Aquaculture for all

Are Property Rights Key to Saving U.S. Fisheries?

Economics Politics +2 more

US - A recent report by the United Nations Environment Programme finds that 25 per cent of all fisheries are collapsing because of overfishing. (A fishery is considered collapsed if its annual catch is less than 10 per cent of its historical maximum catch.)

While the current state of fisheries sounds alarming, future forecasts look worse. A 2006 article published in Science predicts that by 2048, all fish stocks worldwide will be gone if historical trends continue. The conditions of United States fisheries fare just as poorly.

The data in the chart above defines a fishery as a fish species in a specific region, such as skipjack tuna off the central west coast of the United States. The chart shows that a growing number of U.S. fisheries are collapsing. Because most American fisheries are open access, fishermen have little incentive to conserve and often fiercely compete to attain a dwindling yield. Unless policy changes are made, U.S. fish stocks look to be headed for disaster.

Fishery authorities have responded to rapid stock declines by enacting limits on when and where fishing can take place. These regulations have failed. Fishermen with less time to fish have an incentive to purchase more expensive gear and harvest an enormous amount in a short time in order to generate their yearly revenue. The sudden removal of the stock devastates fish populations.

A new policy that has garnered wide acclaim among fisherman, economists, and biologists is enacting a cap-and-trade system for fisheries. When the system begins, an oversight committee (generally composed of scientists, field biologists, and local fishery managers) sets a total allowable catch (TAC) for annual removal. The committee then gives fishermen individual transferrable quotas (ITQs) that represent a share of the allowable catch. Fishermen can then trade, buy or sell these shares, or harvest a catch represented by the total quotas they hold.

By assigning clear property rights, this system could ultimately solve the fisheries problem. Those that own ITQs have a vested interest in husbanding the species of fish that they have the right to harvest. And since the policy assures that no one else will take their share – because those that do not hold ITQs cannot harvest the fish – the pressure to race to harvest is eliminated.

For ITQs to work, there must be both international agreement on the availability of fish stocks to foreign nations and a strict monitoring system. Without an international agreement, foreign vessels could disregard and ultimately undermine the domestic ITQ system. Fortunately, more than 90 per cent of fishers operate within 200 miles of their coastline. This puts them under the protection of the Law of the Sea Treaty, an international agreement signed by most countries that dictates that nations own the economic benefits of the sea up to this limit.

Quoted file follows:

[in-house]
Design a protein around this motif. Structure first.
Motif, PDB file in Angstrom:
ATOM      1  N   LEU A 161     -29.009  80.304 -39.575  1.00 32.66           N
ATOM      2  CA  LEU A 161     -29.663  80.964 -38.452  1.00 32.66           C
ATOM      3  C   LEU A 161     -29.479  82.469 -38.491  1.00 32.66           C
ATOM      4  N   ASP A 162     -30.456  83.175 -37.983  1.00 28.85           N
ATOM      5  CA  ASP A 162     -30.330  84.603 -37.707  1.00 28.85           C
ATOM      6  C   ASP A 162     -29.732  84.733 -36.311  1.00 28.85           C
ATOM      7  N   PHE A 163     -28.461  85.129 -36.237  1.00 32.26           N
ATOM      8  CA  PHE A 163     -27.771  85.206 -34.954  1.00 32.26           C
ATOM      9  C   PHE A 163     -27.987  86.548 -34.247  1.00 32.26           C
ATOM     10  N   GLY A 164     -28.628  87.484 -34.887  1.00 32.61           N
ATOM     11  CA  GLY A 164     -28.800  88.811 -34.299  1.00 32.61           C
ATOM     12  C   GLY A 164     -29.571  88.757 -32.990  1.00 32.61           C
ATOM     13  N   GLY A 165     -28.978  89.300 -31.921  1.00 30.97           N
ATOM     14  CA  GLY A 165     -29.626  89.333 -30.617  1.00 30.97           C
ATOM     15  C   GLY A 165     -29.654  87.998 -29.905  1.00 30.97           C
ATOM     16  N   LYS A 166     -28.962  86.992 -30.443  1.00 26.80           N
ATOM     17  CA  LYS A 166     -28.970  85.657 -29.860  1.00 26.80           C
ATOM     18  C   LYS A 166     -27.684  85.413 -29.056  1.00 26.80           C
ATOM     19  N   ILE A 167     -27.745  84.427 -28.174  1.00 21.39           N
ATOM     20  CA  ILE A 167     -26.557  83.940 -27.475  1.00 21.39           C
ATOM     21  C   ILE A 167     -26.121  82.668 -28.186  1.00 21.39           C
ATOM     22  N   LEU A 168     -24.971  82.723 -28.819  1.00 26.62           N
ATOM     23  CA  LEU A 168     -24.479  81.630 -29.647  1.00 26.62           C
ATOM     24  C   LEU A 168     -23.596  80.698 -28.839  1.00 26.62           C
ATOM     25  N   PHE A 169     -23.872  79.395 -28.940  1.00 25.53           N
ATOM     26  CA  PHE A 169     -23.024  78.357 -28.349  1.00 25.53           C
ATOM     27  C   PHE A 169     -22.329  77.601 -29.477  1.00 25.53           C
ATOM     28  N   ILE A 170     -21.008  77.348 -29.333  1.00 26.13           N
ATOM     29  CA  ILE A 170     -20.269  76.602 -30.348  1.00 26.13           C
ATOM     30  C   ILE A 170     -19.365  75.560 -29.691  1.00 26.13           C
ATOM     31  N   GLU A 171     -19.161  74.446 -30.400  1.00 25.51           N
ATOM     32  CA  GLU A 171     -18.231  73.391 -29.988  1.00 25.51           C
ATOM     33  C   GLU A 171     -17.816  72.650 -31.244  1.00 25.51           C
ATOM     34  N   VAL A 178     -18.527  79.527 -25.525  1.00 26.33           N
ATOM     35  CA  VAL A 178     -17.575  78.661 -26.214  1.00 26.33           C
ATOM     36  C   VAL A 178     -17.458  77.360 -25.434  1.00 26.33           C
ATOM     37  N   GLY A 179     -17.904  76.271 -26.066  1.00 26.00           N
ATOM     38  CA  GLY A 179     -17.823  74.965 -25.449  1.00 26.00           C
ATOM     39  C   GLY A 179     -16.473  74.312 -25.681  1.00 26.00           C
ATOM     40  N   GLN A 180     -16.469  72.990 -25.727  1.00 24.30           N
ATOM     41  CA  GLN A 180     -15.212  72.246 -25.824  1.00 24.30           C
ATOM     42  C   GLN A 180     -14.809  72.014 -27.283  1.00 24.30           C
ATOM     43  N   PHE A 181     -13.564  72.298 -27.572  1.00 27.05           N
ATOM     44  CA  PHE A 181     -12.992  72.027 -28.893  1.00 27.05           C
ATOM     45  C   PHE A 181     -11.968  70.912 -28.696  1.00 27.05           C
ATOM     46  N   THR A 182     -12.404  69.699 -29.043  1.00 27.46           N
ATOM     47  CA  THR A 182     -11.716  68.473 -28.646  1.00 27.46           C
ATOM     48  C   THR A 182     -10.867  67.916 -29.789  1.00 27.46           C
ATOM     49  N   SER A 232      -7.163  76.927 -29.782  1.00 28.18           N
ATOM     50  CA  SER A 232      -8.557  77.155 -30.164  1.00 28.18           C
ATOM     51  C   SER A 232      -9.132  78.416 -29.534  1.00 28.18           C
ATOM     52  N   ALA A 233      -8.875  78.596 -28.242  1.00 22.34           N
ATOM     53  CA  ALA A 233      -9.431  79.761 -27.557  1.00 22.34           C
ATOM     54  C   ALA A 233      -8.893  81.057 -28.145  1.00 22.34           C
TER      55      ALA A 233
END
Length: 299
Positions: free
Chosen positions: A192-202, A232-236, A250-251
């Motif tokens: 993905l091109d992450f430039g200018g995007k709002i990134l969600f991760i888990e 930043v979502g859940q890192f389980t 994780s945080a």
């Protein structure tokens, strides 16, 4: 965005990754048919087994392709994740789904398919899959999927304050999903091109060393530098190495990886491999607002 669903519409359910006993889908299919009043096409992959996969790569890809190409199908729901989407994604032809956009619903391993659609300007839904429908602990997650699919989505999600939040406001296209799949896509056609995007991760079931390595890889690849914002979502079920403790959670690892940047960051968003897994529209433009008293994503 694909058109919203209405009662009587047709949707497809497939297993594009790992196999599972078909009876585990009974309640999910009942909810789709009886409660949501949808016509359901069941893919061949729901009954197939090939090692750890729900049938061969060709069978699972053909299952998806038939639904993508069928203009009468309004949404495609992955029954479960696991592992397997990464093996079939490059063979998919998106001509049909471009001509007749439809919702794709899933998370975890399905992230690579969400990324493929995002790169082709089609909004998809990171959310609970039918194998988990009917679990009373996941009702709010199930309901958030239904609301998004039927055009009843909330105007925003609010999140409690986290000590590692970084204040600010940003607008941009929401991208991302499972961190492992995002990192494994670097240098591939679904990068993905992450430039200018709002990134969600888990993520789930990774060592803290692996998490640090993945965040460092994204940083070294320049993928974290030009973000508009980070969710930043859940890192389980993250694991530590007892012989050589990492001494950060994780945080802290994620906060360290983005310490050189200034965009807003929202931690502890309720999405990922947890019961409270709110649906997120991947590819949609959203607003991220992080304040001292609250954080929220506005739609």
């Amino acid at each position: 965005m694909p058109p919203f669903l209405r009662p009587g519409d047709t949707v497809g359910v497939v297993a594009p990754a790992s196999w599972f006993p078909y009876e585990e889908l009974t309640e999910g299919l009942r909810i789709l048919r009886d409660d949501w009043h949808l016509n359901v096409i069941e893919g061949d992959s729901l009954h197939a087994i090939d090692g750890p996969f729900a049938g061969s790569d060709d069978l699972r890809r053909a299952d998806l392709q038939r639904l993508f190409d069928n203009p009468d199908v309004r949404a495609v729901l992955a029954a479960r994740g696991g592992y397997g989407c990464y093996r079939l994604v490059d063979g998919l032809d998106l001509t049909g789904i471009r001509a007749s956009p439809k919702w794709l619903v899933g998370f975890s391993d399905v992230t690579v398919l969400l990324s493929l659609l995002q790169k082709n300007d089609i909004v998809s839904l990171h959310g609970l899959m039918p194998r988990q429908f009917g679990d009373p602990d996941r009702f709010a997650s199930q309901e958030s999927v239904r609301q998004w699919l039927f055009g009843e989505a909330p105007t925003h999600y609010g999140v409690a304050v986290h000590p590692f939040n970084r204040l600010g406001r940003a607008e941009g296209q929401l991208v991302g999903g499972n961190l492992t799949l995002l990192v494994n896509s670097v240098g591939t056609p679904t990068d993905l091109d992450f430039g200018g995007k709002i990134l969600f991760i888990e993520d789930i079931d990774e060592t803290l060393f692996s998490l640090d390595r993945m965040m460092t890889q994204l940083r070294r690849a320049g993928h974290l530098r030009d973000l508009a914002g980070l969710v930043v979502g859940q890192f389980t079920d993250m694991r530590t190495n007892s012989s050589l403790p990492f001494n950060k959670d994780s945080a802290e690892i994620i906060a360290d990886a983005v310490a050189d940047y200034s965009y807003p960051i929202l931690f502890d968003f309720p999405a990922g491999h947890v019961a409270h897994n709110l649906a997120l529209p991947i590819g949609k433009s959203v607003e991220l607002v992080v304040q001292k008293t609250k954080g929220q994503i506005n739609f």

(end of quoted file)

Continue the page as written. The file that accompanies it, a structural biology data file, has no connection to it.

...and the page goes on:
With ITQs, satellites monitor fishermen to ensure that they adhere to the cap and trade system. In the European Union, for example, fish vessel location, catch on entry, weekly catch, port of landing, days at sea, and catch on exit are tracked by satellite systems. In essence, the policy and technology already exist to maintain the success of ITQs.

A 2008 study published in Science by Dr. Robert Costello and coauthors found that fisheries that enact ITQs immediately reduce the probability of collapse by 14 per cent. The policy continues to reduce the probability of collapse by 1 per cent each year after. The study also found that in the most recent year of available data, the proportion of collapsed fisheries among those with ITQs was half of those without ITQs.

There are currently 12 cap-and-trade fishery programs in the United States, many of which are young (five have been enacted since 2005). These constitute less than 2 per cent of all U.S. fisheries. It is not surprising, then, that we continue to see the dramatic increase in collapsing American fish stocks. The U.S. government, however, has responded to the new documented success of ITQs by increasing federal spending on fisheries cap-and-trade policy. In June the House of Representatives approved an $18.6 million National Oceanic Atmospheric Association (NOAA) spending bill devoted toward ITQ implementation. In addition, the NOAA created a catch share task force to help increase ITQ management programs.

Both actions will increase the prevalence of property management programs for American fisheries. The next few decades will determine whether they are enough to halt and possibly reverse the trend of collapsing fisheries in the U.S.

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